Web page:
Posts Tagged ‘illusion’

The Illusion of Winning — or vice versa

June 8, 2009

Grid_illusion.svg(Because “The Winning of Illusion” just didn’t sound as good.)

The Winners of the 2009 Best Visual Illusion of the Year Contest have been announced!    There’s a ball that drops straight down, but if you look to the side while it drops it appears to fall at a different angle, a  dove that appears to change color depending on the background, a pair of facesthat are identical except for the coloring (the one with more contrast between the face and eyes/mouth appears female, while the one with less contrast appears male), and more.

As a bonus, Arthur Shapiro, one of the creators of the dropping ball, has several other illusions up on his blog.  These can be posted for non-profit educational use, but I couldn’t get the html code to work.  Bummer.

Since a post on illusions would not be complete without a couple illusions, here are a few.  This first one is called Sander’s Parallelogram or the Sander Illusion (after creator Matthew Luckiesh author Friedrich Sander), and the two blue diagonals are the same length.  Seriously.


And finally, here’s a grid illusion.  There are white dots in the middle, but black spots seem to appear:


And finally, here’s one in which the bar in the middle is the same shade of gray throughout, but looks like it’s changing color (courtesy of Dodek, published under GNU-FDL).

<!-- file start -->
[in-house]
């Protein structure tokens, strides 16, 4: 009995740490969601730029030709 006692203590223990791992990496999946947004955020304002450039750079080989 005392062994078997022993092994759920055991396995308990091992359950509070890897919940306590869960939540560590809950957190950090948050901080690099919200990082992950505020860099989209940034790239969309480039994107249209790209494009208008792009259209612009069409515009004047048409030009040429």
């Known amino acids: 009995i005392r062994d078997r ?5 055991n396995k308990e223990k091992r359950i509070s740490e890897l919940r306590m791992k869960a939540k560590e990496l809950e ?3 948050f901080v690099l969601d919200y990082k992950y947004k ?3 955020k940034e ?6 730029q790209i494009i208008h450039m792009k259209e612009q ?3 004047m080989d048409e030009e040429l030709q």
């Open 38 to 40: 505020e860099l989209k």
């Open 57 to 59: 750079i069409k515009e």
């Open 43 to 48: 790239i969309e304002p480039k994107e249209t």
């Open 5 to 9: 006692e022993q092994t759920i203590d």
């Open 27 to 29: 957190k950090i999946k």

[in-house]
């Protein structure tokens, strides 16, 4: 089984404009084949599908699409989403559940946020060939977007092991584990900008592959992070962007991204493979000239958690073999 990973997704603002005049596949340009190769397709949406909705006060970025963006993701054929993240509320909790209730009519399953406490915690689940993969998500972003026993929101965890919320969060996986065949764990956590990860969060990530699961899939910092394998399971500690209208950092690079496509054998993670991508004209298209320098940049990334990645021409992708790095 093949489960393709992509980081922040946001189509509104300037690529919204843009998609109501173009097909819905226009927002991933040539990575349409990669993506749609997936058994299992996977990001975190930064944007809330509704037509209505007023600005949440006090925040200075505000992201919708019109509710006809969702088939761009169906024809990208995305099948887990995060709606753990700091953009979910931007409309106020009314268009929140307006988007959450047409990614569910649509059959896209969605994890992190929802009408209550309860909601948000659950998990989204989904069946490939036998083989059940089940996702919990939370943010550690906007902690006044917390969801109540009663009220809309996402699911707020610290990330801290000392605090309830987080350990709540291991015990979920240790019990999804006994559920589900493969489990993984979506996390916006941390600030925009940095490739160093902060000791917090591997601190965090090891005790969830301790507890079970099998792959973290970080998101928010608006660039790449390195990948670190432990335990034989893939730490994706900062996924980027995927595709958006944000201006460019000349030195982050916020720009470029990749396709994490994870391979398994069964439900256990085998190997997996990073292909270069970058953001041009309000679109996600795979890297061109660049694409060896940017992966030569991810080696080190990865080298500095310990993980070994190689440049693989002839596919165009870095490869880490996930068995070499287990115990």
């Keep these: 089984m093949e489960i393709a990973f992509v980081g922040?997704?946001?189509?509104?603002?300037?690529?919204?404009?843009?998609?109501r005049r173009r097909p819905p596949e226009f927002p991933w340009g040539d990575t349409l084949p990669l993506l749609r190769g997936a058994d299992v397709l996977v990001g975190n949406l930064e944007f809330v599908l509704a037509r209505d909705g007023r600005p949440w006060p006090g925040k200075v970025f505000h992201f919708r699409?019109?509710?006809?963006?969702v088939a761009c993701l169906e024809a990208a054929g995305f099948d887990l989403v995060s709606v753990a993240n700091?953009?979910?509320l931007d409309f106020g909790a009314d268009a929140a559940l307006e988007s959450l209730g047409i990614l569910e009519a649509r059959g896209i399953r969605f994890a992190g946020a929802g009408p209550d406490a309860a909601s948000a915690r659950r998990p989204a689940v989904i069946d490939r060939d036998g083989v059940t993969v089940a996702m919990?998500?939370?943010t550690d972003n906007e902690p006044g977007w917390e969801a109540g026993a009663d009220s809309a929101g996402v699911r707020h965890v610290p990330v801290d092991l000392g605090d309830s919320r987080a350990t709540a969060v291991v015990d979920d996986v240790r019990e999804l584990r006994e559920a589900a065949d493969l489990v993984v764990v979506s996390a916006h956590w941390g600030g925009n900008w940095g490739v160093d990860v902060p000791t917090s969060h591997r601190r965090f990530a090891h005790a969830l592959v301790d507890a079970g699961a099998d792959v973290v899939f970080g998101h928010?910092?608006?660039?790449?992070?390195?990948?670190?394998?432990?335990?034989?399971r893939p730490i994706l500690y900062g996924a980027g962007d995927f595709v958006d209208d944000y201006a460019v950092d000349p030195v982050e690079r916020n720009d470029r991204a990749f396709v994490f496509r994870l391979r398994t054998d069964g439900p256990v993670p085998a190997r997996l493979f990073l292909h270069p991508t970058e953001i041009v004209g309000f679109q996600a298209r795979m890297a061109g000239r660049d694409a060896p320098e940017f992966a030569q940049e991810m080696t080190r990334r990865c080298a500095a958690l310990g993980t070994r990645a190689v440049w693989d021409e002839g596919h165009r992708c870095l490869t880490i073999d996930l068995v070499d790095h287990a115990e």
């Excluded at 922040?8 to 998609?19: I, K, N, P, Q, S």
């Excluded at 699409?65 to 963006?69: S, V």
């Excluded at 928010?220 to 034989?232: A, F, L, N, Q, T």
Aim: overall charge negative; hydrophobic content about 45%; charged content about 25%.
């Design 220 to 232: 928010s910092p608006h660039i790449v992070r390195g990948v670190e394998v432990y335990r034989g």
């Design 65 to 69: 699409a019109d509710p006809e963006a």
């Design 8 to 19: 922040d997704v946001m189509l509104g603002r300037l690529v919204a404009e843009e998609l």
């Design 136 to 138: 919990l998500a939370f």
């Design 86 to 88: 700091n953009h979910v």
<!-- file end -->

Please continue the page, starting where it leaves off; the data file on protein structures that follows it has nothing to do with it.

(Contest Winners found via New Scientist.)

The Impossible Triangle

July 7, 2008

This is the Impossible Triangle, also known as the tribar or as the Penrose Triangle.  It was invented by Roger Penrose Oscar Reutersvärd in 1934, and even though he didn’t get his name attached to it, he did get a postage stamp in his honor.  

Even though this figure is impossible, it’s been constructed several times.  Sort of.  Brian MacKay and Ahmad Abas designed one for the Claisebrook roundabout in East Perth, Western Australia:

Photo by Greg O’Beirne, published under GNU Free Documentation License.

The triangle also appears at the Deutsches Technikmuseum in Berlin, Germany.

Photo by EmptyTerms, published under GNU Free Documentation License.

Of course, this is how it looks from another angle.

Photo by EmptyTerms, published under GNU Free Documentation License.

If you want to create your own, here is a one page printable pdf with instructions for a paper model, from Cool Optical Illusions.  

I’ll leave you with a final video showing yet another possible impossible version.


Edited (7/7) to add:  The video I really wanted to include was this one: